Disparities in acute pain treatment by cognitive status in older adults with hip fracture

Andrew K. Chang, Robert R. Edwards, R. Sean Morrison, Charles Argoff, Ashar Ata, Christian Holt, Polly E. Bijur

Research output: Contribution to journalArticlepeer-review

1 Scopus citations

Abstract

Background: We examined the disparities in emergency department (ED) pain treatment based on cognitive status in older adults with an acute hip fracture. Methods: Observational study in an academic ED in the Bronx, New York. One hundred forty-four adults aged 65 years and older with acute hip fracture were administered the Telephone Interview for Cognitive Status (TICS) while in the ED. The primary outcome was receipt of any parenteral analgesic. The risk factor of interest was cognitive impairment (TICS ≤ 25). Secondary outcomes included receipt of any opioid, receipt of any analgesic, total dose of analgesics in intravenous morphine equivalent units (MEQ), and time to receiving first analgesic. Results: Of the 87 (60%) study patients who were cognitively impaired, 60% received a parenteral analgesic compared to 79% of the 57 cognitively unimpaired patients (RR 0.76 [95% CI 0.61, 0.94]). The effect of cognitive impairment on receiving any opioids (RR: 0.81, 95% CI 0.67, 0.98) and any analgesic (RR: 0.85; 95% CI: 0.71, 1.01) was similar. The median analgesic dose in cognitively impaired patients was significantly lower than in cognitively unimpaired patients (4 MEQ vs 8 MEQ, p = .003). Conclusion: Among older adults presenting to the ED with acute hip fracture, cognitive impairment was independently associated with lower likelihood of receiving analgesia and lower amount of opioid analgesia.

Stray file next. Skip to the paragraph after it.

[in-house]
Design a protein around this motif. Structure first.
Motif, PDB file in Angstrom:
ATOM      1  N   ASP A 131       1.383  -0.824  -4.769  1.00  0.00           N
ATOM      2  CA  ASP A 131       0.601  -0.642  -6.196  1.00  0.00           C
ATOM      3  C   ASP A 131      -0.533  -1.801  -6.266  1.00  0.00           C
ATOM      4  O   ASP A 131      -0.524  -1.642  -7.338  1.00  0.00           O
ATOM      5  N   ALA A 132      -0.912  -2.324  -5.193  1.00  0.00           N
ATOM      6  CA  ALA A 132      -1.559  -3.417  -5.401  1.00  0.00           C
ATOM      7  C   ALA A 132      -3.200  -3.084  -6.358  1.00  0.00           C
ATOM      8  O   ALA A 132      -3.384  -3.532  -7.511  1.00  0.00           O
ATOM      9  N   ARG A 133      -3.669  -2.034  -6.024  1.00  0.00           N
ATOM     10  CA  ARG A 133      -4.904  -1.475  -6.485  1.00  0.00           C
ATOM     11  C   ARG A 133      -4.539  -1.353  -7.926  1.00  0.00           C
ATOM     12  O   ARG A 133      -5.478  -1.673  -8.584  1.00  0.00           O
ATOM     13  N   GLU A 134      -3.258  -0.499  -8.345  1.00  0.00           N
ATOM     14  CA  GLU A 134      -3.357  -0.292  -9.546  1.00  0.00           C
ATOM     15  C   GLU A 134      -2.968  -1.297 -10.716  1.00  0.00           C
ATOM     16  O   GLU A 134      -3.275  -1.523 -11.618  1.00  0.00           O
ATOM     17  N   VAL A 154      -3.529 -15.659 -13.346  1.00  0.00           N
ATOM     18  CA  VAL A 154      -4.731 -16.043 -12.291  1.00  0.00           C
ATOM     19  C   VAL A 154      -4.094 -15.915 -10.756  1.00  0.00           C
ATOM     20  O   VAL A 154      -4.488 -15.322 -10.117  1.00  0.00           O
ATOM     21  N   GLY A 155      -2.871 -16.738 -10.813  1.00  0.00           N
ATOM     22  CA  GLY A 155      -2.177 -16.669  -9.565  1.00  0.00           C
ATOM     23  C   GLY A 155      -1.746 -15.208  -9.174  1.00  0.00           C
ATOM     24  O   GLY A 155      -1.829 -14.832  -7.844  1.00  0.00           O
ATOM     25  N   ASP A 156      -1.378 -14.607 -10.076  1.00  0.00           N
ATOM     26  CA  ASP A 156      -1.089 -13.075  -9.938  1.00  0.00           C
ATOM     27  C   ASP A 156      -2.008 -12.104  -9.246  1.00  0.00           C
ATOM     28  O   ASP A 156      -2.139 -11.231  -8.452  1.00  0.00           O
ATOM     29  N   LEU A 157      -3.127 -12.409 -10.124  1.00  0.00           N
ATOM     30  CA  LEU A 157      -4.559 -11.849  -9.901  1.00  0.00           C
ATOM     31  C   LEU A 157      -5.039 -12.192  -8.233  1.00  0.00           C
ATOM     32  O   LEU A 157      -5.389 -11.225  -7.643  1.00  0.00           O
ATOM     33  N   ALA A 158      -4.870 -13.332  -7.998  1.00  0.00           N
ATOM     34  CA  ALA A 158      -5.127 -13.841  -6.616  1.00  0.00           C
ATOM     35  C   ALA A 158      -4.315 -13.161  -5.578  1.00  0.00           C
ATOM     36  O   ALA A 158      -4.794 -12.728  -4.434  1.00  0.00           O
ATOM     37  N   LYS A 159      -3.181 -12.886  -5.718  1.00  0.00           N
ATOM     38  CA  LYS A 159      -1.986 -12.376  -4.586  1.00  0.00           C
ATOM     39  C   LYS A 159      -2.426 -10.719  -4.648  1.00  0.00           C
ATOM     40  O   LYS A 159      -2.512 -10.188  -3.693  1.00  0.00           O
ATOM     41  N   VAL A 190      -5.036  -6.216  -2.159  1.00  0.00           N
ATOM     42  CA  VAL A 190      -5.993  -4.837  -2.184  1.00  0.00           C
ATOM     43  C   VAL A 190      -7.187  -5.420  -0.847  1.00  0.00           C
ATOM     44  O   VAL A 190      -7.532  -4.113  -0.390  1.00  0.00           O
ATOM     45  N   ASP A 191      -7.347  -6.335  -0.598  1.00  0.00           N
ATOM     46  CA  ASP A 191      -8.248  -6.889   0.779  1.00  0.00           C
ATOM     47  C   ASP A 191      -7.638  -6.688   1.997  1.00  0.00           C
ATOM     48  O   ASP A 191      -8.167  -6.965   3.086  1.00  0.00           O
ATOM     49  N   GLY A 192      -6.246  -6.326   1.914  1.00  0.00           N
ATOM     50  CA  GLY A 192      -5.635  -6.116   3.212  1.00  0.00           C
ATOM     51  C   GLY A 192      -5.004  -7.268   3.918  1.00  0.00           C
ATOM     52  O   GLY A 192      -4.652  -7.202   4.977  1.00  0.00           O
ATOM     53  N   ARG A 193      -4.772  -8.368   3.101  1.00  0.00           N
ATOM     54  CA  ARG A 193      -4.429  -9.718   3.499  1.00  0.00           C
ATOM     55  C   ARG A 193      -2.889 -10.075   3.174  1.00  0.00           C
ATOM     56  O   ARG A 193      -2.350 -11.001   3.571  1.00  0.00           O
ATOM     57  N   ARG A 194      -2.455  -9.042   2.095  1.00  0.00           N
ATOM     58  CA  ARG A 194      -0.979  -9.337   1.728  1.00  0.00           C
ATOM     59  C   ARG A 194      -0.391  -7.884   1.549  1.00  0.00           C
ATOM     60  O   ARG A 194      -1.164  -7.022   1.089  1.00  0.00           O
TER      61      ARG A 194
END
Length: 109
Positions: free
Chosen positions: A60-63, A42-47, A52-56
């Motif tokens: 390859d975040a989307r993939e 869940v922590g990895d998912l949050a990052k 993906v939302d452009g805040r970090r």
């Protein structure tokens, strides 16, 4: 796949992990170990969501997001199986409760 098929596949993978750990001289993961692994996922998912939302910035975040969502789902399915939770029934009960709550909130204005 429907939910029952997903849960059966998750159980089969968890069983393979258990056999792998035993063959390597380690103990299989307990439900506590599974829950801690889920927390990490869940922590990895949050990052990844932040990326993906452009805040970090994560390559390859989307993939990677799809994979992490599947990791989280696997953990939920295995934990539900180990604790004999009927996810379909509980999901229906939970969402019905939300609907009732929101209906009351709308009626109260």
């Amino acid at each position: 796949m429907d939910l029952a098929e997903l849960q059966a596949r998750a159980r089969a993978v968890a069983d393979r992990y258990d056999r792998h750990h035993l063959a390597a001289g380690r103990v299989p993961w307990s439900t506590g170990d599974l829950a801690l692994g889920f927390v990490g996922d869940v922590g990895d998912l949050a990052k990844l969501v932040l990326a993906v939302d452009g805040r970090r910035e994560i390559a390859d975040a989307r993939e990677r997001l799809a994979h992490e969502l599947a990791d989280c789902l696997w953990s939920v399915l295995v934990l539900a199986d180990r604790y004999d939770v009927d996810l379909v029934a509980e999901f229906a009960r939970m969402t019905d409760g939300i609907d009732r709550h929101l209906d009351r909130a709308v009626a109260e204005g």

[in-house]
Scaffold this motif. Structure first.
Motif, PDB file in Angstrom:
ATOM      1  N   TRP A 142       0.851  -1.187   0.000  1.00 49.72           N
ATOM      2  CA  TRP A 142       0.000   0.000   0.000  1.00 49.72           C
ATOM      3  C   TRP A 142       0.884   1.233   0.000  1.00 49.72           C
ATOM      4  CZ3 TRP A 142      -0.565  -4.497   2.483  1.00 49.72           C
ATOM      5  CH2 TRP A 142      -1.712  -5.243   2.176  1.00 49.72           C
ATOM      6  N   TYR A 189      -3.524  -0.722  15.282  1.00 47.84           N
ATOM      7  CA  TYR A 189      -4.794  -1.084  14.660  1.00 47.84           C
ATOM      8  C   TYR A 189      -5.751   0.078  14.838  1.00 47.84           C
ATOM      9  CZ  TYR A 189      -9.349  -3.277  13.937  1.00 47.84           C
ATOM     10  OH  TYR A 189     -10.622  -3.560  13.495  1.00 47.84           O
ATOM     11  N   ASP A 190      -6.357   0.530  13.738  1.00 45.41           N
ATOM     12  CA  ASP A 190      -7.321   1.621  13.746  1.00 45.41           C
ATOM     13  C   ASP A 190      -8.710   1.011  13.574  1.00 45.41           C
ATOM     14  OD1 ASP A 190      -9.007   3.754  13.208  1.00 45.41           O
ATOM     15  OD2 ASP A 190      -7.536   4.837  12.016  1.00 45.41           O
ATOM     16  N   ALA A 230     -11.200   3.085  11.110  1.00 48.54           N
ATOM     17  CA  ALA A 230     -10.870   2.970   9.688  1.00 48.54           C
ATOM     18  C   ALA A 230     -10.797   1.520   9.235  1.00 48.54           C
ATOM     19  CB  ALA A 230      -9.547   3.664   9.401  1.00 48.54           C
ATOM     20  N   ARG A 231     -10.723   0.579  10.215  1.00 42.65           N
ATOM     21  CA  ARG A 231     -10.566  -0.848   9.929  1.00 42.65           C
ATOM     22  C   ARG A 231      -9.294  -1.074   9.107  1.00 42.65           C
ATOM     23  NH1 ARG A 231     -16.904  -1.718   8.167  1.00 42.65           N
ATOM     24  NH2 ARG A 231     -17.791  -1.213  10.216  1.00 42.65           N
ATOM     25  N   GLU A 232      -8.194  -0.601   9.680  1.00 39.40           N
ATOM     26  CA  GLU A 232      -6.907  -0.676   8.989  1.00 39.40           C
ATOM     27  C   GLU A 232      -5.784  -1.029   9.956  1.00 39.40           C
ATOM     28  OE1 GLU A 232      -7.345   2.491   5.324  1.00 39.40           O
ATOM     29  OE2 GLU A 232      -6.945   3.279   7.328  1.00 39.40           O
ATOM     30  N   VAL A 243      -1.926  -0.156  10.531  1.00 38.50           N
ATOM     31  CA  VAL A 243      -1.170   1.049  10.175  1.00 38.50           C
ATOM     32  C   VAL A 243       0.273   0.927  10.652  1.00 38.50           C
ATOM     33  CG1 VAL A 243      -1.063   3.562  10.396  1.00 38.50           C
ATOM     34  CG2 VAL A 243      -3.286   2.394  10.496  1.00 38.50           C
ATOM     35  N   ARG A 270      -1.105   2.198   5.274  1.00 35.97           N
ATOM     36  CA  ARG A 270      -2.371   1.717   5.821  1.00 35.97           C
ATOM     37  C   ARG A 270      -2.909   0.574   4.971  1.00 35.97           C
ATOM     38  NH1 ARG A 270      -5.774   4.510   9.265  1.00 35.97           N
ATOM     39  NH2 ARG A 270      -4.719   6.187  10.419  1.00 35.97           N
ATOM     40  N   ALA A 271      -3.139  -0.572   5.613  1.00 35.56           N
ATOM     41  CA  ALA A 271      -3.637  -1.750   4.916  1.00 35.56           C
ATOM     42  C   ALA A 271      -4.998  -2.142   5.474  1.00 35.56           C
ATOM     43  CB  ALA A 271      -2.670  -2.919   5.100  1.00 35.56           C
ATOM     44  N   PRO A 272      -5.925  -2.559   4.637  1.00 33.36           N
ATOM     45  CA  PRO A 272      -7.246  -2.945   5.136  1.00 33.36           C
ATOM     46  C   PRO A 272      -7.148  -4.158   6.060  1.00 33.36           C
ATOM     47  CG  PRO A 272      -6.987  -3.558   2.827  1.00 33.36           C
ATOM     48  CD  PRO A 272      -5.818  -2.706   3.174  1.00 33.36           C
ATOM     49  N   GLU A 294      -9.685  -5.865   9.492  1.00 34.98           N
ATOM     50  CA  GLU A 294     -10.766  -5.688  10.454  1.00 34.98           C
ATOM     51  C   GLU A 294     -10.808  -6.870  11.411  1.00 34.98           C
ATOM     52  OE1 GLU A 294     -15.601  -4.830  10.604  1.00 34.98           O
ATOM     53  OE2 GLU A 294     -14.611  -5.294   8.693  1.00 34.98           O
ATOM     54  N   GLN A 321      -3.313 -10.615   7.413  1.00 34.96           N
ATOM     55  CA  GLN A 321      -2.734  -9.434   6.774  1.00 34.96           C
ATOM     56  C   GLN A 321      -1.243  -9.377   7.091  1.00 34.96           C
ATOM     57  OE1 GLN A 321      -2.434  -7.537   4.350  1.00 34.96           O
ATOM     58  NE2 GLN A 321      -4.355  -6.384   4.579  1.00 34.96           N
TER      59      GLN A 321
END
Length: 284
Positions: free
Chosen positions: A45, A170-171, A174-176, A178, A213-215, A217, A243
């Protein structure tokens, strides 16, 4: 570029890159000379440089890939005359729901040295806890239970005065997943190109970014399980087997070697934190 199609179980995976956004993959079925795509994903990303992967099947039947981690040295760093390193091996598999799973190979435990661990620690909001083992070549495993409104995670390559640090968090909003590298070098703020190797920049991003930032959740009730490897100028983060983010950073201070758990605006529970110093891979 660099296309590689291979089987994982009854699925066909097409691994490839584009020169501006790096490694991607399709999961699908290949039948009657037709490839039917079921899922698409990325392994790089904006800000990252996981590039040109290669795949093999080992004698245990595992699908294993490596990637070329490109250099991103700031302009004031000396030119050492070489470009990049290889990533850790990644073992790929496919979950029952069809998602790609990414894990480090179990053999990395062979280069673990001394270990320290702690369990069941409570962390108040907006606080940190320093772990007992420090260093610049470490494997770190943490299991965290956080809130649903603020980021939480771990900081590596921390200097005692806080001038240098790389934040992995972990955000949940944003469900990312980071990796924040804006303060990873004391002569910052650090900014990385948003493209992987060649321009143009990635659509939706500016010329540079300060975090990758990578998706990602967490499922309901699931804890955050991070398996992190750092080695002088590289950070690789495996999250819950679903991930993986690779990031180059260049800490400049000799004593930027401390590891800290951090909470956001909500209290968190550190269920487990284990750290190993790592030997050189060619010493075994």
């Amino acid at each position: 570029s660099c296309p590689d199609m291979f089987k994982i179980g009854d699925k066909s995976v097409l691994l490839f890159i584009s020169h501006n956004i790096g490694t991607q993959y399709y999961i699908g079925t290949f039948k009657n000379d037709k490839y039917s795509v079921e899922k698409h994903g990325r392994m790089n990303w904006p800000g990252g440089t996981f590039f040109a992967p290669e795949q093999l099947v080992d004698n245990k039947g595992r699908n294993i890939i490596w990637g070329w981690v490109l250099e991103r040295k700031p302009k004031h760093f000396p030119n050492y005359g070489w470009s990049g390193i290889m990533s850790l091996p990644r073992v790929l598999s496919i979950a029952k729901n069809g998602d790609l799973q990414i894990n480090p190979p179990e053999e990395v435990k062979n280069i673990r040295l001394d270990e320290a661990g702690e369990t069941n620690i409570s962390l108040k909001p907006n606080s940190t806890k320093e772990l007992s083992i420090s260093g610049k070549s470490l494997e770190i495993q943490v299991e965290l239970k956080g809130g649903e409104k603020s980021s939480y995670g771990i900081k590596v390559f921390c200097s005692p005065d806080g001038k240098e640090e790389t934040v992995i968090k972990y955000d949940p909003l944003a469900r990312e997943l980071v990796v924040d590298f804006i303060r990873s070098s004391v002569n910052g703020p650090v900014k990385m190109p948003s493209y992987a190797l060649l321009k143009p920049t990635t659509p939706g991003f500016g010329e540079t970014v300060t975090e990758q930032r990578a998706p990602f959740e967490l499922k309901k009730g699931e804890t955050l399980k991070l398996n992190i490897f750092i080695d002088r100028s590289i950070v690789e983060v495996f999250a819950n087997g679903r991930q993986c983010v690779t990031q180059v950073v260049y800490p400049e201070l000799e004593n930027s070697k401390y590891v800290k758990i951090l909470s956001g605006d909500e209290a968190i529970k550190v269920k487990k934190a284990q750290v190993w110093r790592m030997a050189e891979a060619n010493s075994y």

Original languageEnglish (US)
Pages (from-to)2003-2007
Number of pages5
JournalJournals of Gerontology - Series A Biological Sciences and Medical Sciences
Volume75
Issue number10
DOIs
StatePublished - Oct 1 2020

Keywords

  • Acute pain
  • Cognitive impairment
  • Emergency department
  • Hip fracture

ASJC Scopus subject areas

  • Aging
  • Geriatrics and Gerontology

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